Fever is a common symptom of COVID-19, and clinical data show that more than 80% of COVID-19 patients have a fever. During the COVID-19 outbreak, many hospitals have installed infrared temperature sensors at the entrance to detect enthusiastic patients and isolate them from other patients for further evaluation. Therefore, it is important to monitor changes in body temperature in order to detect and prevent COVID-19. Infrared temperature sensors are often used to measure body temperature without contact during continuous and long-term monitoring to prevent fever in high-risk areas such as hospitals, schools and airports. Researchers have proposed using infrared thermal imaging from drones to identify people infected with COVID-19 at outdoor environment.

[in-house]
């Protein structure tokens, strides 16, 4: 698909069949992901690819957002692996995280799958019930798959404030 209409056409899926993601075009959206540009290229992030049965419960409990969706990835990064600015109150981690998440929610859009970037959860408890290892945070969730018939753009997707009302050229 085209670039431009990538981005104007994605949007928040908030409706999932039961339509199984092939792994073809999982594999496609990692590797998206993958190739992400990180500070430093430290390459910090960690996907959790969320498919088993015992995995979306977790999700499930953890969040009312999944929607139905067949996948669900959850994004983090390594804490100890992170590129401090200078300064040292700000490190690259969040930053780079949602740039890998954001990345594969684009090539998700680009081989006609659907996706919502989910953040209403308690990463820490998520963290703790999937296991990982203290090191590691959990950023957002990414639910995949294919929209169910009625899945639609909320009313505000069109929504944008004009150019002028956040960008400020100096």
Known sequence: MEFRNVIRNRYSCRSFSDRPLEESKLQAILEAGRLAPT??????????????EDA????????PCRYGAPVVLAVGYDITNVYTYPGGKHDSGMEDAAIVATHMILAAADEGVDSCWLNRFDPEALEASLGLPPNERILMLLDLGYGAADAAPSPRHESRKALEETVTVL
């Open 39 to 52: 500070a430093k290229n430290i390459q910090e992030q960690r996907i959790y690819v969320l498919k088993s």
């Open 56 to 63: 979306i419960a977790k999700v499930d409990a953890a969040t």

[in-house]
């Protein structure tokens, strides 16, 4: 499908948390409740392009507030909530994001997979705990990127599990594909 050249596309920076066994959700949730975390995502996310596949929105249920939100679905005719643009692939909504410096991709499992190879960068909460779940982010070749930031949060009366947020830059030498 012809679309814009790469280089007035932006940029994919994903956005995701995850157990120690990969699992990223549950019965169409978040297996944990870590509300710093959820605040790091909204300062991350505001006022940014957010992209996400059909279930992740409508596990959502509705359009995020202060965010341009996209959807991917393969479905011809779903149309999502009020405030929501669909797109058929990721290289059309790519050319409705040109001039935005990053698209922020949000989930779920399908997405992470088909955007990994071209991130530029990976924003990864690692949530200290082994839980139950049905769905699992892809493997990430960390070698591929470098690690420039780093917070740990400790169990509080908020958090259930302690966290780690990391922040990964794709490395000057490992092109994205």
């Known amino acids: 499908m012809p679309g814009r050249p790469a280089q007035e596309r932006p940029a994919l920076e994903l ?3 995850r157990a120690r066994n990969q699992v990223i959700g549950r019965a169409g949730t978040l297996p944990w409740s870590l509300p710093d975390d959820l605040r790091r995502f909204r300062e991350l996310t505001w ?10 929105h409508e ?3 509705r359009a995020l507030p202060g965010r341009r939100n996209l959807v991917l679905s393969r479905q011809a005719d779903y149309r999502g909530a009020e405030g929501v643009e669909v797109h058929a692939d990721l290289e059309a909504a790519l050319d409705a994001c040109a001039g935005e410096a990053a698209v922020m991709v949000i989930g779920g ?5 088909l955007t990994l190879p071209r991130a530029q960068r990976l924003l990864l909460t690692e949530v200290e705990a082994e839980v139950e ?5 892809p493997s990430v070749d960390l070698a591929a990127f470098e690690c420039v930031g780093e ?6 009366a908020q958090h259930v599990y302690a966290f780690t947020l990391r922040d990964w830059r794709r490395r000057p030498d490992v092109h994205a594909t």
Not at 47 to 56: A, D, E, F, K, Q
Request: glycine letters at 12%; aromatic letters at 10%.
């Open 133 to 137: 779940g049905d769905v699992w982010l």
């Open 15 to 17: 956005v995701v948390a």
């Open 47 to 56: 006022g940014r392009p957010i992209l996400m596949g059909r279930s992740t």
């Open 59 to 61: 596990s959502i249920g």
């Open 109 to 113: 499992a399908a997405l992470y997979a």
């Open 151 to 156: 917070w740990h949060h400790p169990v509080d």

Quarantine Monitoring

    Quarantine is used to prevent the spread of COVID-19 by isolating people who have been diagnosed with COVID-19 or who are infected with the coronavirus. Some studies use IoT technology to monitor COVID-19 quarantine. The wearable belt tied to the body that monitors and sends the real-time data to COVID-19 quarantine center. Similarly, IoT frameworks are used to track and identify COVID-19-related issues during quarantine. In particular, various biosensors are used to detect symptoms of COVID-19 in humans and send this data to quarantine for further evaluation.

    Contact Tracing & Social Distancing